Corporate Real Estate leaders: Moving to hybrid crucial in next two years

Corporate Real Estate leaders: Moving to hybrid crucial in next two years

A recent study of 1,000 Corporate Real Estate (CRE) leaders across the world suggests the next two years will be crucial for the industry, with hybrid working taking centre stage. What does this mean for CRE in 2023?

Hybrid working is only going to get bigger: that’s the message emerging from the Jones Lang LaSalle (JLL) Future of Work 2022 survey along with research by IWG and other firms. It all makes interesting reading for brokers and landlords with property to fuel the rising demand for flex space, as well as for property decision-makers. In this article, we delve into the findings of the latest research and what they mean for you.

Demand for flexibility

At a time when a legislative agenda towards hybrid working looks set to increase demand for hybrid across Europe to an all-time high, research from a number of organisations shows that hybrid is here to stay. The JLL survey, for instance, questioned 1,095 senior decision-makers in the CRE industry in countries around the world, ranging from the UK to Hong Kong, Australia to Brazil. Its findings paint a compelling picture of the status of hybrid working in the next two years, with 53% of those questioned intending to make remote and hybrid working available to all employees permanently by 2025.

The reason? Employees want flexibility, and forward-thinking employers realise this. Indeed, 77% of those surveyed by JLL agree or strongly agree that offering hybrid working will be critical to attracting and retaining talent, with the same percentage anticipating a stronger mandate for change by 2025. This tallies uncannily closely with IWG’s own findings, in particular that 77% of employees say a base closer to home is a must-have benefit that will inform future job applications.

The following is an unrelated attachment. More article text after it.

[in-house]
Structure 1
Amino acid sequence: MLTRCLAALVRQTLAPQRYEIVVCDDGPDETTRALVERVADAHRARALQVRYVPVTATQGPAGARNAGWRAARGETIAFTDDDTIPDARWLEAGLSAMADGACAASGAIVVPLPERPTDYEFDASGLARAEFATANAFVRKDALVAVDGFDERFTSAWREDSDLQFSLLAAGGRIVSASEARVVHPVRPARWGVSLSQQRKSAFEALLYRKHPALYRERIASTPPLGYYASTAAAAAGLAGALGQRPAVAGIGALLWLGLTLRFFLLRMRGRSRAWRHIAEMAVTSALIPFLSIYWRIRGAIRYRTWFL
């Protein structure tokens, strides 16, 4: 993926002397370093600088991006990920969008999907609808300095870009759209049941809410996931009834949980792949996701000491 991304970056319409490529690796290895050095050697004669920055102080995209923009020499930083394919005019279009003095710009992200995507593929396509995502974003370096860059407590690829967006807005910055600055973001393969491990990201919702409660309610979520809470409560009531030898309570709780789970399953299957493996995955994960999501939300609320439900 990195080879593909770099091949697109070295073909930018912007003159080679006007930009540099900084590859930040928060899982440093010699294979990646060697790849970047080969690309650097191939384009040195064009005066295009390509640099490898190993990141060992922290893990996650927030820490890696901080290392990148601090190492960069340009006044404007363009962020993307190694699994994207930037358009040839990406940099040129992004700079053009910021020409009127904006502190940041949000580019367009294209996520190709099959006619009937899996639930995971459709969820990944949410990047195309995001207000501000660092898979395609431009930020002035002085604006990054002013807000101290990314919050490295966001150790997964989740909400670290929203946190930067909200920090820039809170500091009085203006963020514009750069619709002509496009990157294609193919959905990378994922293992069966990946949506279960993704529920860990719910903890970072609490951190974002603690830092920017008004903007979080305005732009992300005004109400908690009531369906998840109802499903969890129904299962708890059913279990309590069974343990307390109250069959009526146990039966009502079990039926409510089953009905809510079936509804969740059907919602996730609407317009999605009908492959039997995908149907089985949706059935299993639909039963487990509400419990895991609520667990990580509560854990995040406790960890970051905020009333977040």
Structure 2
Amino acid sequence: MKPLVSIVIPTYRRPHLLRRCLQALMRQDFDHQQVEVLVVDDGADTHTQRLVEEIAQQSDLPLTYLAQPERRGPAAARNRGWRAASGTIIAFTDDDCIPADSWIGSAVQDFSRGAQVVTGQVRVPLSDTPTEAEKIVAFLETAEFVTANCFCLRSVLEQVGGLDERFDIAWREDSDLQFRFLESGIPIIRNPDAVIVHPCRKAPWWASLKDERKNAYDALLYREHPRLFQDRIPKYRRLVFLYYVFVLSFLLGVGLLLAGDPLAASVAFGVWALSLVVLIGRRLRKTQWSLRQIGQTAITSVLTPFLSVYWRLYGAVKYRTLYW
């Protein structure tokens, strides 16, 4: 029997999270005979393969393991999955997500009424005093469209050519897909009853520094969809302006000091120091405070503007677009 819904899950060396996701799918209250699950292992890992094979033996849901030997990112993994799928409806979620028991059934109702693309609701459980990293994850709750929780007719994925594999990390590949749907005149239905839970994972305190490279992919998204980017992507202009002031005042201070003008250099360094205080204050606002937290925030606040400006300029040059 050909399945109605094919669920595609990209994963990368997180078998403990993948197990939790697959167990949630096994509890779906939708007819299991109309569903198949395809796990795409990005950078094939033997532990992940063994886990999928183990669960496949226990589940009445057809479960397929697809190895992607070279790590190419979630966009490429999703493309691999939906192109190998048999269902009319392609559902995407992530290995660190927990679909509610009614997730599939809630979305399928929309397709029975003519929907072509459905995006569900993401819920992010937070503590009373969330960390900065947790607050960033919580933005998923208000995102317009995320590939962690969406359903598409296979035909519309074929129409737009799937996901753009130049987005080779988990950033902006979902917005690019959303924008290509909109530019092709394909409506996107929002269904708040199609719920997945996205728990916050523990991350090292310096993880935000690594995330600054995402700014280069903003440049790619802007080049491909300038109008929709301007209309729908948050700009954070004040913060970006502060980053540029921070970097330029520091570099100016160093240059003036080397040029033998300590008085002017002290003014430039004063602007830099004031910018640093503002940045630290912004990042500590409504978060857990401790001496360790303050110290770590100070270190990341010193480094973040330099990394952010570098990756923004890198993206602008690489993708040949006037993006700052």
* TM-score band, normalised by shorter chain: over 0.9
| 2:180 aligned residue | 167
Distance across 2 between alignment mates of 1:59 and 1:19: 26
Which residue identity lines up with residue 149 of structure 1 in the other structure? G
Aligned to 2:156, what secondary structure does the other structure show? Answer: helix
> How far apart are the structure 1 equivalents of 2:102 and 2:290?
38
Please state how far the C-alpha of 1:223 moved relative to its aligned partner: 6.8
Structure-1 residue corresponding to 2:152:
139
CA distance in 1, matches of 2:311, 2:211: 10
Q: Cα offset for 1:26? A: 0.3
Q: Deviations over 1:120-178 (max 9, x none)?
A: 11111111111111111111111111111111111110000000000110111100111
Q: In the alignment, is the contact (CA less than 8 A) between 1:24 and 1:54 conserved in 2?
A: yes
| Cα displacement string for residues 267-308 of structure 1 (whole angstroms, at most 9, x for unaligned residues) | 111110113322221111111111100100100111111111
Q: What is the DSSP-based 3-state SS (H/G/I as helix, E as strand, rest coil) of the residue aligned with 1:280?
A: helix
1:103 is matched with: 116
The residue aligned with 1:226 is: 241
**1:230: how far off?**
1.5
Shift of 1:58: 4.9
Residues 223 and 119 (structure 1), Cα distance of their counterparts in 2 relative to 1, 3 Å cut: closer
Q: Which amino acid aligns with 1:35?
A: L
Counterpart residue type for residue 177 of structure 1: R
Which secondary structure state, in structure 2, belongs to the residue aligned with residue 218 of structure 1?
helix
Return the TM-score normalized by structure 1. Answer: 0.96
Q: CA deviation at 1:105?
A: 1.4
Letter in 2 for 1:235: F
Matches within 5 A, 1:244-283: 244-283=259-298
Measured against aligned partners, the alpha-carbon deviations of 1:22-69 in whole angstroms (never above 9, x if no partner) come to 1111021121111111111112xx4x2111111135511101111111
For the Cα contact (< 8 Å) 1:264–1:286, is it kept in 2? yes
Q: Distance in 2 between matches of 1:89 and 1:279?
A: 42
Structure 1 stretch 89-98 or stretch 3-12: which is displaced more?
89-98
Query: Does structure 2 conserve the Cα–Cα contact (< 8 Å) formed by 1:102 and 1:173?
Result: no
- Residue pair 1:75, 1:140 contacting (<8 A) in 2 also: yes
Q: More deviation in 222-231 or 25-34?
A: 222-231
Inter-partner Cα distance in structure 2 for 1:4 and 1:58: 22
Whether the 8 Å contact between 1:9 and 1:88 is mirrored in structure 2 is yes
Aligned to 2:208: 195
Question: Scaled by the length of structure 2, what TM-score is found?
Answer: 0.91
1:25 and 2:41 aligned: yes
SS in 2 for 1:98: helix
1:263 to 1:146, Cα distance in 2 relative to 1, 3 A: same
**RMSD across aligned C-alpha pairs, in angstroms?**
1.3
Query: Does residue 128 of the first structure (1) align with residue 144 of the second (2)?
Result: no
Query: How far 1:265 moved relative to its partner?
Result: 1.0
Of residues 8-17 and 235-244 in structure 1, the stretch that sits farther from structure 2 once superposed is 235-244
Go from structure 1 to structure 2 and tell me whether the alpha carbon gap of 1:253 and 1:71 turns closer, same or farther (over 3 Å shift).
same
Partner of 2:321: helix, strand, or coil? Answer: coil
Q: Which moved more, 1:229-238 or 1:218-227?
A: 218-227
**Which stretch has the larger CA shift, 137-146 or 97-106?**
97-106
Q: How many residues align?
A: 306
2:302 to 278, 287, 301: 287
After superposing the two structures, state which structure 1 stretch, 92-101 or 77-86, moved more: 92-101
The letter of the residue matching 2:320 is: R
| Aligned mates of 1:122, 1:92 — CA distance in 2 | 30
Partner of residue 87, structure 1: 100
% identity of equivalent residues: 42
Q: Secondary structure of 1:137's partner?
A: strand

The JLL survey is only the latest to have highlighted the fact that employees are happier when hybrid; last year, the PwC Remote Work Study found that 87% of workers prefer this way of working. In IWG’s research, around half of all employees went even further, saying they would look for another job if they were asked to return to the office five days a week.

Going green

But with this rising investment in CRE, what are organisations looking for when it comes to their office space? One thing that’s clear from the JLL survey is that green credentials will be an important factor, with 74% saying that they’re likely to pay a premium for eco-friendly office space and 56% planning to do so by 2025. Little wonder, given that sustainability has become vital to business credibility.

Part of being more sustainable is, of course, cutting commuting times, and that means that office space needs to be nearer to employees’ homes. IWG founder Mark Dixon points out that IWG’s workspaces outside London’s orbital M25 motorway have surged in popularity during the pandemic, with towns on the outskirts of the capital emerging as working ‘hot spots’, while demand for space in the City of London has dropped 26%. In the last two years, almost all new IWG centres have been opened in non-city environments and regions away from major urban areas.

For brokers, landlords and property decision-makers, the upshot is clear: thinking about what’s good for the planet isn’t just good for the planet. Going green goes hand-in-hand with hybrid, given the shorter commute times and fewer overheads already associated with flexible office space located in employees’ communities. This ties in with the findings of a 2020 IWG survey, which discovered that 92% of respondents want a greener, more sustainable way of working with reduced need for unnecessary commutes.

Collaboration is the name of the game

Finally, collaboration was a theme running through a couple of the strands of insight highlighted in the JLL survey. The workplaces of the future place greater emphasis on collaboration, with dedicated desk spaces soon to become a thing of the past in favour of open working environments for 73% of those questioned.

With employees in the office less under a hybrid model, the times they do head into a shared work space now look different, with more of an emphasis on the teamwork they may otherwise feel lacking when working from home. As the number of flexible office spaces in the UK looks set to double by 2026, now is a crucial time for brokers and landlords to market property to suit hybrid working.

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